I’ve also been reading Samin Nosrat’s “Salt Fat Acid Heat,” a book designed for the amateur cook (it’s also a Netflix series). 

There’s a whole stack of more complicated and timely recipes that I’ve been meaning to try. I may even try to overcome my lifelong fear of baking. If you’re already a baking expert, you could attempt making the practically impossible croissant.

Bon Appetit magazine published 15 comforting recipes, which includes items like Butternut Squash Baked Pasta and Warm Chickpea Bowls with Lemony Yogurt. Eating good food is an important part of keeping stress levels low. 

Plus, you can freeze leftovers and voila, you’ll be a little more prepared if you do become sick. 

Work on the instrument you purchased but never learned to play/do something creative

Did you buy a guitar in hopes of learning to play? Or maybe a mandolin? With a plethora of online resources (just Google it) for learning, now is the perfect time to wipe the dust off your instrument.

This may be less practical for those with roommates, families, husbands or wives that may not appreciate hearing the A chord played over and over again. But for those with larger spaces or their own home, practice away. 

Or, maybe you always wanted to learn to paint or draw. Is there a ball of yarn and a pair of knitting needles you’ve neglected? A photo album you’ve been meaning to assemble? You can surprise your loved ones with thoughtfully curated scrapbooks when it’s time to meet up again. 

Fix things you’ve been meaning to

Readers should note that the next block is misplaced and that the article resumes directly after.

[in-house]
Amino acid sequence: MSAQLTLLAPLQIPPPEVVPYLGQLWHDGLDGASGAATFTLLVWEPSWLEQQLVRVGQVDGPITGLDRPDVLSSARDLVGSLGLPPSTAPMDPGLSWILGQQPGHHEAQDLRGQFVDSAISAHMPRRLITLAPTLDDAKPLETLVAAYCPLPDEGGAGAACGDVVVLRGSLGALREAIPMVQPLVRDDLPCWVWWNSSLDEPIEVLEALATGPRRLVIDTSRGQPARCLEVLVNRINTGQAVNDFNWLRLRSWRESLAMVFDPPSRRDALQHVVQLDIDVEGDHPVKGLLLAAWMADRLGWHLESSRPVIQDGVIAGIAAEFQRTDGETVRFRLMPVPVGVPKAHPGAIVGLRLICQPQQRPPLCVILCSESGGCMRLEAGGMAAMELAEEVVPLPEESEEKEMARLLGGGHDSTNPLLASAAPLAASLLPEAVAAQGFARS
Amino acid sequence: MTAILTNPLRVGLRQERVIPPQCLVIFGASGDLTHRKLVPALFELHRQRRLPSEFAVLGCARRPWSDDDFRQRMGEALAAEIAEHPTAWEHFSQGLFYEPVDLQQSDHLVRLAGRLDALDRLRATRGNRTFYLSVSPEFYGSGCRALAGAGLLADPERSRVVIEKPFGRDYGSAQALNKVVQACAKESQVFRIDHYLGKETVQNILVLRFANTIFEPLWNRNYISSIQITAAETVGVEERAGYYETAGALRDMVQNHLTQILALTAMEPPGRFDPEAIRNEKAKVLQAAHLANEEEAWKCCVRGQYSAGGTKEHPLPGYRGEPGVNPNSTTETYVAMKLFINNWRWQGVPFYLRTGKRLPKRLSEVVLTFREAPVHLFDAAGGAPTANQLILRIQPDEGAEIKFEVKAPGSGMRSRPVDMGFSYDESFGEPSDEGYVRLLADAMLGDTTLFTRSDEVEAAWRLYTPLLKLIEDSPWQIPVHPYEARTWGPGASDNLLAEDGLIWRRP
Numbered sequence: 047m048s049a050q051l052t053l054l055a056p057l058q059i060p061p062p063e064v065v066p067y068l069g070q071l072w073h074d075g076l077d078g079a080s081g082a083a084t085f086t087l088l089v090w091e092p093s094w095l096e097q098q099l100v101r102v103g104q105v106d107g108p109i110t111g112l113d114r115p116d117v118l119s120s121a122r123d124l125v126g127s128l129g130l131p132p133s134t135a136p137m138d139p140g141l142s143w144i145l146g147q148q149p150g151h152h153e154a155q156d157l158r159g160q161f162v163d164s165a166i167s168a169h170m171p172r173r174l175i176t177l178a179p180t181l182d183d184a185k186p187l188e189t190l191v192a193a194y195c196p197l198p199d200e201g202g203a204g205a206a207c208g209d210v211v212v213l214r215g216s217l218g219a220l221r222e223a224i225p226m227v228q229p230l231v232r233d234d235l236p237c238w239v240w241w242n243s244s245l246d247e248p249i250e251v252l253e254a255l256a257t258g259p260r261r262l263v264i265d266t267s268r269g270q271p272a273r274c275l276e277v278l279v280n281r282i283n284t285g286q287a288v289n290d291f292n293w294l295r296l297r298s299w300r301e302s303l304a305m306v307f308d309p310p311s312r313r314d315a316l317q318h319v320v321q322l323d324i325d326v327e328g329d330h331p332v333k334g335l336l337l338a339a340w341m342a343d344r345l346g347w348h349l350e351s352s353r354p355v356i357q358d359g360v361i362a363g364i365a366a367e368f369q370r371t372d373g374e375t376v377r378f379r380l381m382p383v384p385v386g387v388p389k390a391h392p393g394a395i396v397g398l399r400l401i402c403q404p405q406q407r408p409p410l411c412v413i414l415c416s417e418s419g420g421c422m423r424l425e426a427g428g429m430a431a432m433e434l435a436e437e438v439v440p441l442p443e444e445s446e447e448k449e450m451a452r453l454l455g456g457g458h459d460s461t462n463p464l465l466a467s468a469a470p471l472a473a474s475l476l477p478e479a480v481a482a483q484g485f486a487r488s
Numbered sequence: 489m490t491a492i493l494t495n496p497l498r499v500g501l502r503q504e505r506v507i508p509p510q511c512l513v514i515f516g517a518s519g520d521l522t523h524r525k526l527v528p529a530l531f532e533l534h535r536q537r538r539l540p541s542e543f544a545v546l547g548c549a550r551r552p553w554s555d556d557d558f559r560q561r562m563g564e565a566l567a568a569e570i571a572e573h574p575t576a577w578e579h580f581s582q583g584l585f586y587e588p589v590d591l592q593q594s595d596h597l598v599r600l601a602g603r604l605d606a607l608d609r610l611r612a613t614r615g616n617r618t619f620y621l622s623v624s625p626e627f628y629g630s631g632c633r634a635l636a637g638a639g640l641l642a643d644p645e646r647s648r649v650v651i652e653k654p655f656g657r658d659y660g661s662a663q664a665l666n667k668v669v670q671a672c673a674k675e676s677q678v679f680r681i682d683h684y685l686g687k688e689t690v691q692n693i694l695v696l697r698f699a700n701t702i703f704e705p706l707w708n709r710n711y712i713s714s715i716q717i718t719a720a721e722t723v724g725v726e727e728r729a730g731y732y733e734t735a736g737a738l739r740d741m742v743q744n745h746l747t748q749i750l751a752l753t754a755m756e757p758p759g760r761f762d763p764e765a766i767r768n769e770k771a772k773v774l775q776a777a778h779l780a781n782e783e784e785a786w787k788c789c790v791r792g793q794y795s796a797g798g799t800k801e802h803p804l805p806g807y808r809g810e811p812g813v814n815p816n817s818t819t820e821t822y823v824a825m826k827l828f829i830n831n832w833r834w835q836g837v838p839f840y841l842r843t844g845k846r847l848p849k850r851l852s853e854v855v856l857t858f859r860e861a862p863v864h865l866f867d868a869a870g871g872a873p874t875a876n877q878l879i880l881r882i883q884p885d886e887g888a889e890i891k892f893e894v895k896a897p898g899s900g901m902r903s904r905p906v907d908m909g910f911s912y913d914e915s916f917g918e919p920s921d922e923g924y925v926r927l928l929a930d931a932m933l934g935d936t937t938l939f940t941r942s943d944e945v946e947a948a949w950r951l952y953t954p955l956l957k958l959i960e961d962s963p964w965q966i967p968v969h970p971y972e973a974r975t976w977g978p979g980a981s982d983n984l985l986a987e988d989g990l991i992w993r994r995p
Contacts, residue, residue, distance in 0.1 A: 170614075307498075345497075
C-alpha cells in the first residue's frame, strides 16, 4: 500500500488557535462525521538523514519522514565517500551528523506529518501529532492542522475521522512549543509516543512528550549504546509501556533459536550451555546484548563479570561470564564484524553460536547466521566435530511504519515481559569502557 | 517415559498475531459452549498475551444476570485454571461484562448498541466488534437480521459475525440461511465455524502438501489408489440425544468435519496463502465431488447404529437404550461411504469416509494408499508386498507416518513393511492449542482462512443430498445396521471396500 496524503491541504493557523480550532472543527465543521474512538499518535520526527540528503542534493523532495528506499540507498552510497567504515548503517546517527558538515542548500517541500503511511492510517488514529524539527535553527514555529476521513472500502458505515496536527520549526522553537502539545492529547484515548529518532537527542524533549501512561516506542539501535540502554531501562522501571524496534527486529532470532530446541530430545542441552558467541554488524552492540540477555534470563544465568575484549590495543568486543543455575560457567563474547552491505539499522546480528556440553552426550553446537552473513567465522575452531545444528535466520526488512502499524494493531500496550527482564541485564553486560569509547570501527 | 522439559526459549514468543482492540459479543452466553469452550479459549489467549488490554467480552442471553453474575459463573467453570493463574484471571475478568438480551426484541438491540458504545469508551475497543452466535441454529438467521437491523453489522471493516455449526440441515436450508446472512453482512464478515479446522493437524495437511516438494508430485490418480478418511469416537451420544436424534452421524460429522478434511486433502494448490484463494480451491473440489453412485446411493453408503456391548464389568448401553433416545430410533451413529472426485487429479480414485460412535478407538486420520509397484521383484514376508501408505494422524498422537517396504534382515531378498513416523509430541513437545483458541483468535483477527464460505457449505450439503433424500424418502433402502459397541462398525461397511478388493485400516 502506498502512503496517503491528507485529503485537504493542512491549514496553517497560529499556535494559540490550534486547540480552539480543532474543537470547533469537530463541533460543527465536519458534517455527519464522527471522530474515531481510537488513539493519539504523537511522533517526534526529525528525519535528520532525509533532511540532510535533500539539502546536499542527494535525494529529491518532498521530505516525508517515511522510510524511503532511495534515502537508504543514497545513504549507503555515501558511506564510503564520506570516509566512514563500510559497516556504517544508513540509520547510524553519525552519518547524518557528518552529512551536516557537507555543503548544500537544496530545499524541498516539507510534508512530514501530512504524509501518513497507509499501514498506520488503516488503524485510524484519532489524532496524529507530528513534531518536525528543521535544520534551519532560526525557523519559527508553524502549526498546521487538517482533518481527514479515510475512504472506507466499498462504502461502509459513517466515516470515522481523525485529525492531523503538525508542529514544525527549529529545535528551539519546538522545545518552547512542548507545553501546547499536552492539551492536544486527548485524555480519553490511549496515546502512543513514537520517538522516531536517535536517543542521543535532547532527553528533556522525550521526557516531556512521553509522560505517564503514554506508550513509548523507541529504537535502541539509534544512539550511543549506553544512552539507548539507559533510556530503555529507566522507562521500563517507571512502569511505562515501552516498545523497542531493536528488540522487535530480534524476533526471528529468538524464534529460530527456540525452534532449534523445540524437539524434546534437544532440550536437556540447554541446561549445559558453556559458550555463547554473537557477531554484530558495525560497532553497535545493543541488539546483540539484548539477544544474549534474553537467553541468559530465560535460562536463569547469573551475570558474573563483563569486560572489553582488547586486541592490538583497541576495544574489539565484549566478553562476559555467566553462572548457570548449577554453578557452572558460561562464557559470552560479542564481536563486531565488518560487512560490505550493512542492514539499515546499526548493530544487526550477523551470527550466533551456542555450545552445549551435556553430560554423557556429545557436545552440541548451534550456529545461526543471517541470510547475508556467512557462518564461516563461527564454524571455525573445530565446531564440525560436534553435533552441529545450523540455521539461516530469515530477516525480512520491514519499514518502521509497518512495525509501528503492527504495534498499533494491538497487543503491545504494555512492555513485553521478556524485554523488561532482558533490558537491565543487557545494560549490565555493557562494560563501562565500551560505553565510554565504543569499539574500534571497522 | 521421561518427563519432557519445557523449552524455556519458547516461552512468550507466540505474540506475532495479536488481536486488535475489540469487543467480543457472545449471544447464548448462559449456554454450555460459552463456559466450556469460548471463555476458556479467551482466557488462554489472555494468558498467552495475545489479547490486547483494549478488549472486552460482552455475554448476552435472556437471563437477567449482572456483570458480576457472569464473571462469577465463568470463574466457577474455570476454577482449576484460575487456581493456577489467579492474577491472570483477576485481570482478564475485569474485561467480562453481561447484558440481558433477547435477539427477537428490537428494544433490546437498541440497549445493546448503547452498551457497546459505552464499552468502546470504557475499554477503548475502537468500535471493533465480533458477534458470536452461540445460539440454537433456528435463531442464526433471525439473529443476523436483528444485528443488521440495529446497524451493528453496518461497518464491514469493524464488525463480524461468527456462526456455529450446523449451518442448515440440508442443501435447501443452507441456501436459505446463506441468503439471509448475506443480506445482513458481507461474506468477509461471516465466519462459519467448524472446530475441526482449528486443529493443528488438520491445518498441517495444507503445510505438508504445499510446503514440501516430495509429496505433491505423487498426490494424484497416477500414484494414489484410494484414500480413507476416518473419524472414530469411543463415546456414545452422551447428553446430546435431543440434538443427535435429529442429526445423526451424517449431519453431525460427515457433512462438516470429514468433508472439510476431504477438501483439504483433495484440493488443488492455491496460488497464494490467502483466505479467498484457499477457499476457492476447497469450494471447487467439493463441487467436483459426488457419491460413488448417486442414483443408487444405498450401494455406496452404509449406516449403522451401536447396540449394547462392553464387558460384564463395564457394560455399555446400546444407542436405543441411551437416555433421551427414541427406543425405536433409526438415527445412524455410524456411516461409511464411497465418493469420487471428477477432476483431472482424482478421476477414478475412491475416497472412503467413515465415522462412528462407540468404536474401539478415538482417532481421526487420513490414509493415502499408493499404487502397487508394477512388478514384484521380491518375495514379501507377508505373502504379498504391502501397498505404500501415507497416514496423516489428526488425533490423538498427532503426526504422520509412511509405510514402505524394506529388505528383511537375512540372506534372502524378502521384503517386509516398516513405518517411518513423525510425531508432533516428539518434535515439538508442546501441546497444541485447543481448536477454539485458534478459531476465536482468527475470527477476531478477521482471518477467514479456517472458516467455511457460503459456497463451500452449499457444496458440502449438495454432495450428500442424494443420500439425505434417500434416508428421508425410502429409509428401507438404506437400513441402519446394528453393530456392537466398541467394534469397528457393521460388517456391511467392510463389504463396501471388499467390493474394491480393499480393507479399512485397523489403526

That doorknob that’s a little loose and you pray doesn’t fall off each morning. The squeaky door that makes that ghastly noise.

Since you’re spending more time at home, why not take this time to make some small improvements? Paint a table whose color you’ve always despised, hang up artwork that’s been sitting in your closet. Reorganize your Tupperware drawer. 

Marie Kondo your home, and finally fold your sweaters in a way that makes sense

I recommend doing these tasks while playing some music, or listening to a podcast you haven’t had time to catch up on (like “Serial” or “Dolly Parton’s America”). 

Get a workout routine

Just because you aren’t going to the gym doesn’t mean you can’t keep working out. Many gyms and yoga studios are offering courses online. Plus, if you aren’t sick, you can go running or ride your bicycle outside (make sure to maintain a safe six-foot distance from those around you). I’ve discovered Salt Lake City has miles of bike lanes and have been appreciating the architecture of the homes and building while pedaling around. 

Again, if you aren’t sick, get some fresh air by sitting on your porch, or taking a walk around the block. 

Reconnect with friends and family in faraway places

Take the time to call or FaceTime friends who you don’t ordinarily see in person anyway. Catch up on what they were doing with their lives before the coronavirus. It’s easy to lose touch when we move and the chaos of day-to-day life makes us forgetful. 

Sit down and think about who you’ve been meaning to call and spend an evening giving them a ring. 

If you have the privilege to work from home and have an internet connection, staying in has never been easier. We can learn for free online and stay connected through our phones. We can, with a little bit of effort, do our part to protect others and ourselves, and improve our homes and our brains while we’re at it.